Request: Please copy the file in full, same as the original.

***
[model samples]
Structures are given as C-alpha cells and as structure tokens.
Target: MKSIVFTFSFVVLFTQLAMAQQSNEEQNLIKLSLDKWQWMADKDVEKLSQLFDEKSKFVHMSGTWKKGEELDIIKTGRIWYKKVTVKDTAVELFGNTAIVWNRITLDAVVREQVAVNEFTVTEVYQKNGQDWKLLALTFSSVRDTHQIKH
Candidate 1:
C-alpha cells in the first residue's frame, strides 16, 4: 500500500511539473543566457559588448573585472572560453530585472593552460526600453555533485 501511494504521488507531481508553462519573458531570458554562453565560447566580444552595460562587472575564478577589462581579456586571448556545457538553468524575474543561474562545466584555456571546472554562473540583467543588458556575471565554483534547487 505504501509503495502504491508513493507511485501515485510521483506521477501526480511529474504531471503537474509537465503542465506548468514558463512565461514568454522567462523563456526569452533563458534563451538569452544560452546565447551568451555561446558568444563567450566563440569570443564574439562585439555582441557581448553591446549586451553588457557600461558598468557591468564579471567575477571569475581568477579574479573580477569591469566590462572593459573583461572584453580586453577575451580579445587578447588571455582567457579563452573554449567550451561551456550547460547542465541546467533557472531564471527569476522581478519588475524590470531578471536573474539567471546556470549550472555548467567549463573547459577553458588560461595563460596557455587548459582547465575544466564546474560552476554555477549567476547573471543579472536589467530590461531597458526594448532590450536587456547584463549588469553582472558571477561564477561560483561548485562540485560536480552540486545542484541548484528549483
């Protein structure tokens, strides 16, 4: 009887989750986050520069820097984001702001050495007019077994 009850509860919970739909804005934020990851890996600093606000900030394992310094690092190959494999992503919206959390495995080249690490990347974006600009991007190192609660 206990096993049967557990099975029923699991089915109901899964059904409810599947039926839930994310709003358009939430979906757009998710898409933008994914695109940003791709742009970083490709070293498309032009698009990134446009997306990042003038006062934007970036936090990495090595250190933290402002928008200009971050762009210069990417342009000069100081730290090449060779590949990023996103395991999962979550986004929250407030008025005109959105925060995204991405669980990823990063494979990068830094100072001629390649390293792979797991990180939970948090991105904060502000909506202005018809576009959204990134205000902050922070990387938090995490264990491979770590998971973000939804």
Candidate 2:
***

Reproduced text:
[model samples]
Structures are given as C-alpha cells and as structure tokens.
Target: MKSIVFTFSFVVLFTQLAMAQQSNEEQNLIKLSLDKWQWMADKDVEKLSQLFDEKSKFVHMSGTWKKGEELDIIKTGRIWYKKVTVKDTAVELFGNTAIVWNRITLDAVVREQVAVNEFTVTEVYQKNGQDWKLLALTFSSVRDTHQIKH
Candidate 1:
C-alpha cells in the first residue's frame, strides 16, 4: 500500500511539473543566457559588448573585472572560453530585472593552460526600453555533485 501511494504521488507531481508553462519573458531570458554562453565560447566580444552595460562587472575564478577589462581579456586571448556545457538553468524575474543561474562545466584555456571546472554562473540583467543588458556575471565554483534547487 505504501509503495502504491508513493507511485501515485510521483506521477501526480511529474504531471503537474509537465503542465506548468514558463512565461514568454522567462523563456526569452533563458534563451538569452544560452546565447551568451555561446558568444563567450566563440569570443564574439562585439555582441557581448553591446549586451553588457557600461558598468557591468564579471567575477571569475581568477579574479573580477569591469566590462572593459573583461572584453580586453577575451580579445587578447588571455582567457579563452573554449567550451561551456550547460547542465541546467533557472531564471527569476522581478519588475524590470531578471536573474539567471546556470549550472555548467567549463573547459577553458588560461595563460596557455587548459582547465575544466564546474560552476554555477549567476547573471543579472536589467530590461531597458526594448532590450536587456547584463549588469553582472558571477561564477561560483561548485562540485560536480552540486545542484541548484528549483
């Protein structure tokens, strides 16, 4: 009887989750986050520069820097984001702001050495007019077994 009850509860919970739909804005934020990851890996600093606000900030394992310094690092190959494999992503919206959390495995080249690490990347974006600009991007190192609660 206990096993049967557990099975029923699991089915109901899964059904409810599947039926839930994310709003358009939430979906757009998710898409933008994914695109940003791709742009970083490709070293498309032009698009990134446009997306990042003038006062934007970036936090990495090595250190933290402002928008200009971050762009210069990417342009000069100081730290090449060779590949990023996103395991999962979550986004929250407030008025005109959105925060995204991405669980990823990063494979990068830094100072001629390649390293792979797991990180939970948090991105904060502000909506202005018809576009959204990134205000902050922070990387938090995490264990491979770590998971973000939804």
Candidate 2: